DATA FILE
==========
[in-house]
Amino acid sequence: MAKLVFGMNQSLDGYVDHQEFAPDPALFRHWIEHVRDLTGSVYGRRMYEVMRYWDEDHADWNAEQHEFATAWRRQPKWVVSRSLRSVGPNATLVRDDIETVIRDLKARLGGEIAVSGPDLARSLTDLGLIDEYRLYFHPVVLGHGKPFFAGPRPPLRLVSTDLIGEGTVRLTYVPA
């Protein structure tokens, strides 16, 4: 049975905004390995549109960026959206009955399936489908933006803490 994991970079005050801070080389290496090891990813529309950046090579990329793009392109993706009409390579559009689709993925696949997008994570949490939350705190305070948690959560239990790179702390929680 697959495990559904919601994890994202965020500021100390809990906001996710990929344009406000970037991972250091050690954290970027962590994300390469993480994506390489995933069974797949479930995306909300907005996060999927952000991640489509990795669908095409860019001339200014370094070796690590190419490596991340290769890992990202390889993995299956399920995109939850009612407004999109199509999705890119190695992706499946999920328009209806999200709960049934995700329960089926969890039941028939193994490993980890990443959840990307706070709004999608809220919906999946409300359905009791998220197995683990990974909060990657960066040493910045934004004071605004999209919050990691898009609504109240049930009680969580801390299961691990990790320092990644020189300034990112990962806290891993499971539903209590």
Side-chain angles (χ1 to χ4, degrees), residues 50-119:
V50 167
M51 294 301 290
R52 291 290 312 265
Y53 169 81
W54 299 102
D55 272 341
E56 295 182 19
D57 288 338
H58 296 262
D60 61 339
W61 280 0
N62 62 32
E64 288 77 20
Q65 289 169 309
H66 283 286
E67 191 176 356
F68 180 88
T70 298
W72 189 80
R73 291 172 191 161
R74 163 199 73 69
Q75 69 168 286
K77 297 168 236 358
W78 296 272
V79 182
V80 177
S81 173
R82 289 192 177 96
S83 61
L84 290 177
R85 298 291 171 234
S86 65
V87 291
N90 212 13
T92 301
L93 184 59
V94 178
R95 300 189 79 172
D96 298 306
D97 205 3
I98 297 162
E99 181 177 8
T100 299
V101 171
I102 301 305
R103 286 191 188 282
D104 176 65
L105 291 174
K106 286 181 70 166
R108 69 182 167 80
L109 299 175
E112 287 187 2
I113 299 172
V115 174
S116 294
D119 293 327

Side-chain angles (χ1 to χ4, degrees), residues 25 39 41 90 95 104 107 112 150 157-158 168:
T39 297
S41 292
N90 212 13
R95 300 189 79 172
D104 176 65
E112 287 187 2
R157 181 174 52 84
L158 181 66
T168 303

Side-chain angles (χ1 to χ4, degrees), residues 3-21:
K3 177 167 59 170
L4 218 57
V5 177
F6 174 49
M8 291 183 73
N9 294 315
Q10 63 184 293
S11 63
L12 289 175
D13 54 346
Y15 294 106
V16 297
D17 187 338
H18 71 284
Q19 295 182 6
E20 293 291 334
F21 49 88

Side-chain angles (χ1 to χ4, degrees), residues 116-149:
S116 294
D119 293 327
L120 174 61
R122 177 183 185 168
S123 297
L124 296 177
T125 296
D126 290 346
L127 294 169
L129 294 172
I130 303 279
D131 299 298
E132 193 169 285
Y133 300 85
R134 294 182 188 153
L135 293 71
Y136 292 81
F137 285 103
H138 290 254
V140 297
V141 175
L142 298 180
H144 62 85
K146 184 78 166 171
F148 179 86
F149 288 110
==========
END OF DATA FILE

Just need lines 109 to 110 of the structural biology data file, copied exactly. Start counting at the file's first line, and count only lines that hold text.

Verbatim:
V140 297
V141 175